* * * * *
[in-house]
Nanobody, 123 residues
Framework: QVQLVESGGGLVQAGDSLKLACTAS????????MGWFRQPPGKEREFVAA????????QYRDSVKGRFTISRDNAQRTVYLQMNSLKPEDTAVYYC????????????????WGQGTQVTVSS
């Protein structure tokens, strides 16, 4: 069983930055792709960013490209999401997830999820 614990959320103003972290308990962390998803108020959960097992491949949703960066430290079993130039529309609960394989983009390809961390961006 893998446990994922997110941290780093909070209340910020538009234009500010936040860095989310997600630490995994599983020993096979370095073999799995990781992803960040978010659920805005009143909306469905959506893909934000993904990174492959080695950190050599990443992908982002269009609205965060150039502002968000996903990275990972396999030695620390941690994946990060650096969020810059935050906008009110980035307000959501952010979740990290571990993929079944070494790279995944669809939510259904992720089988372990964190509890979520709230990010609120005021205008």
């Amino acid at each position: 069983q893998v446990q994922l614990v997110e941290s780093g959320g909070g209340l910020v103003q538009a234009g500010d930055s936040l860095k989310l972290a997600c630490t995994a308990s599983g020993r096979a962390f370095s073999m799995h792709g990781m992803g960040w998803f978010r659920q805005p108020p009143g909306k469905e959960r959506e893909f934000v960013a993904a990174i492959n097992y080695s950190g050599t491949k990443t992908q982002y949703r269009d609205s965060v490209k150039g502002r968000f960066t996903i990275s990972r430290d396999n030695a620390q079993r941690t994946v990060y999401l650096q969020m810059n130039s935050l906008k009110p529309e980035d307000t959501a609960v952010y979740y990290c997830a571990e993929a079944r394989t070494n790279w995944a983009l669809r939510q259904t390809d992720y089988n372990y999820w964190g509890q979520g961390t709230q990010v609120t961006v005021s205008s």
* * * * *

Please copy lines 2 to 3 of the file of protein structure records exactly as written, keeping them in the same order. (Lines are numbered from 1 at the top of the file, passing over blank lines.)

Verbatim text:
Nanobody, 123 residues
Framework: QVQLVESGGGLVQAGDSLKLACTAS????????MGWFRQPPGKEREFVAA????????QYRDSVKGRFTISRDNAQRTVYLQMNSLKPEDTAVYYC????????????????WGQGTQVTVSS